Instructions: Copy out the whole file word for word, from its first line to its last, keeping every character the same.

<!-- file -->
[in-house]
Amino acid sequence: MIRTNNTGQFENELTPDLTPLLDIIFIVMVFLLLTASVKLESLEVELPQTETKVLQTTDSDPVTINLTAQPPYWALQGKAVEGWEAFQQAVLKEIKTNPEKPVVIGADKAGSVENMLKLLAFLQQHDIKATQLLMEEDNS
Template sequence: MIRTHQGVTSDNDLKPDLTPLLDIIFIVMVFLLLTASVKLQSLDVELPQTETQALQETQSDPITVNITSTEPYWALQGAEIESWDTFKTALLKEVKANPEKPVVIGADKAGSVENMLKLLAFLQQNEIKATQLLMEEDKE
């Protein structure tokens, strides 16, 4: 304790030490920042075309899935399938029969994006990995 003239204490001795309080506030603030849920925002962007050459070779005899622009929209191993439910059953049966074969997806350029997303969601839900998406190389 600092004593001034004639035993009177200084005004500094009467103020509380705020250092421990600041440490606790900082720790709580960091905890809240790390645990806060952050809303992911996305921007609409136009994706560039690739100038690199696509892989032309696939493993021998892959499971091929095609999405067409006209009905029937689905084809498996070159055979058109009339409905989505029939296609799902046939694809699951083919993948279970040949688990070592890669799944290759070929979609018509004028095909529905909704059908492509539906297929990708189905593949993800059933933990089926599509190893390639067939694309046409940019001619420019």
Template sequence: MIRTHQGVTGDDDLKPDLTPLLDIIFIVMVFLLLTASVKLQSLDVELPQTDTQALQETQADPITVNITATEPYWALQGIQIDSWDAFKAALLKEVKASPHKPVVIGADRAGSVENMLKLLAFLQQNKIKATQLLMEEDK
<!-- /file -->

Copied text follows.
[in-house]
Amino acid sequence: MIRTNNTGQFENELTPDLTPLLDIIFIVMVFLLLTASVKLESLEVELPQTETKVLQTTDSDPVTINLTAQPPYWALQGKAVEGWEAFQQAVLKEIKTNPEKPVVIGADKAGSVENMLKLLAFLQQHDIKATQLLMEEDNS
Template sequence: MIRTHQGVTSDNDLKPDLTPLLDIIFIVMVFLLLTASVKLQSLDVELPQTETQALQETQSDPITVNITSTEPYWALQGAEIESWDTFKTALLKEVKANPEKPVVIGADKAGSVENMLKLLAFLQQNEIKATQLLMEEDKE
């Protein structure tokens, strides 16, 4: 304790030490920042075309899935399938029969994006990995 003239204490001795309080506030603030849920925002962007050459070779005899622009929209191993439910059953049966074969997806350029997303969601839900998406190389 600092004593001034004639035993009177200084005004500094009467103020509380705020250092421990600041440490606790900082720790709580960091905890809240790390645990806060952050809303992911996305921007609409136009994706560039690739100038690199696509892989032309696939493993021998892959499971091929095609999405067409006209009905029937689905084809498996070159055979058109009339409905989505029939296609799902046939694809699951083919993948279970040949688990070592890669799944290759070929979609018509004028095909529905909704059908492509539906297929990708189905593949993800059933933990089926599509190893390639067939694309046409940019001619420019």
Template sequence: MIRTHQGVTGDDDLKPDLTPLLDIIFIVMVFLLLTASVKLQSLDVELPQTDTQALQETQADPITVNITATEPYWALQGIQIDSWDAFKAALLKEVKASPHKPVVIGADRAGSVENMLKLLAFLQQNKIKATQLLMEEDK